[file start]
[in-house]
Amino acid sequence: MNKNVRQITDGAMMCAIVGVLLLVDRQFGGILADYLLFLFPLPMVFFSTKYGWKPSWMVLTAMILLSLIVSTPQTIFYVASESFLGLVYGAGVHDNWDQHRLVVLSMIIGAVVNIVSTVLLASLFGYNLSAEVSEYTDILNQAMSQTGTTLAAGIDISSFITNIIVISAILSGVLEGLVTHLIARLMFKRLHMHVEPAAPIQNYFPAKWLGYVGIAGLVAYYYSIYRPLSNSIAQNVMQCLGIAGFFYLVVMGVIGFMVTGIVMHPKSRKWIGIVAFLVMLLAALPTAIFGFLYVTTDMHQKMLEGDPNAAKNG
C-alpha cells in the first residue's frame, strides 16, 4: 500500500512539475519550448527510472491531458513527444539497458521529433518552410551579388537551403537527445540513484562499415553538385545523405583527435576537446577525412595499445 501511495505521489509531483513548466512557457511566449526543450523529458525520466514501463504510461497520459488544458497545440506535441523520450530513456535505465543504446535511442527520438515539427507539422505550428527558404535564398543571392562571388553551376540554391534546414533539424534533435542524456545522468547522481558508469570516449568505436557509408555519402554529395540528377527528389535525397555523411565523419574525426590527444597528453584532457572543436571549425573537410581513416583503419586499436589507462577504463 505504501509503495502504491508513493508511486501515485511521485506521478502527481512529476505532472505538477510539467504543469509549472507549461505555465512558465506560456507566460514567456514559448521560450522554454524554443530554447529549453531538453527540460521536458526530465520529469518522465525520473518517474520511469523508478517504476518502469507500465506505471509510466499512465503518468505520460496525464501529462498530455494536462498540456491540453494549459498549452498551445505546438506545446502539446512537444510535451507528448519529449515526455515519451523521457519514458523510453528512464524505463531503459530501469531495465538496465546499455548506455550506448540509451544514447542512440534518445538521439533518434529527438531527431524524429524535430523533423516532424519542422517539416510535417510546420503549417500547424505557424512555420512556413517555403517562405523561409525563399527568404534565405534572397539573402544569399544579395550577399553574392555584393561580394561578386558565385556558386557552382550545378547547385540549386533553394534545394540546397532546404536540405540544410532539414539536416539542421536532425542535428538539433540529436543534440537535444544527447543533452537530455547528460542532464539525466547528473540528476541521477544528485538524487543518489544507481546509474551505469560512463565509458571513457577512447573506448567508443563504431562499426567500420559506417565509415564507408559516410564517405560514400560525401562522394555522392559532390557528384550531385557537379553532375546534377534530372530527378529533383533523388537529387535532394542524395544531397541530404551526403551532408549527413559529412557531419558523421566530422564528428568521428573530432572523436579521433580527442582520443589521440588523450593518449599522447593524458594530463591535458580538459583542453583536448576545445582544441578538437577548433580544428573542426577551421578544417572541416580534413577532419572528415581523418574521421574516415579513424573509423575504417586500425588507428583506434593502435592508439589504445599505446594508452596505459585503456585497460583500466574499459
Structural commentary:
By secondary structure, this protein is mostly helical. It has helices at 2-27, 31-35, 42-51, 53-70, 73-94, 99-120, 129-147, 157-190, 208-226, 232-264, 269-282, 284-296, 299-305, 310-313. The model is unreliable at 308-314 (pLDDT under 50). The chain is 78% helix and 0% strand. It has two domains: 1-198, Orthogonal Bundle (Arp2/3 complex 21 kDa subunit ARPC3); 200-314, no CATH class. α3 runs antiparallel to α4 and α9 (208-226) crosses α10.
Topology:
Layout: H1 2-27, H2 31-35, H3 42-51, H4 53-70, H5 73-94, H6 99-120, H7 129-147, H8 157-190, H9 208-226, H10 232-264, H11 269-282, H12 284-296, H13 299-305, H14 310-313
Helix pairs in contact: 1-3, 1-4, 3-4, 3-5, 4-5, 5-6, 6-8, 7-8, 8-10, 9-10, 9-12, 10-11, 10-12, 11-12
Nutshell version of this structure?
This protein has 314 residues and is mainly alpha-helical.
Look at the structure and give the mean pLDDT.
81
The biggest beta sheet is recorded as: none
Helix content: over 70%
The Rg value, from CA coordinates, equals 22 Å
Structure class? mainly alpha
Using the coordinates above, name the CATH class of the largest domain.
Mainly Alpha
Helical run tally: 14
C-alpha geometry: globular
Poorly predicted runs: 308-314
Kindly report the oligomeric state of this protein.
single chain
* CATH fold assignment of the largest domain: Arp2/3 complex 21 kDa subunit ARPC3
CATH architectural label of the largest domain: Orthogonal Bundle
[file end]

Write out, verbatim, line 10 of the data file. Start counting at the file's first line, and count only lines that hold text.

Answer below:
This protein has 314 residues and is mainly alpha-helical.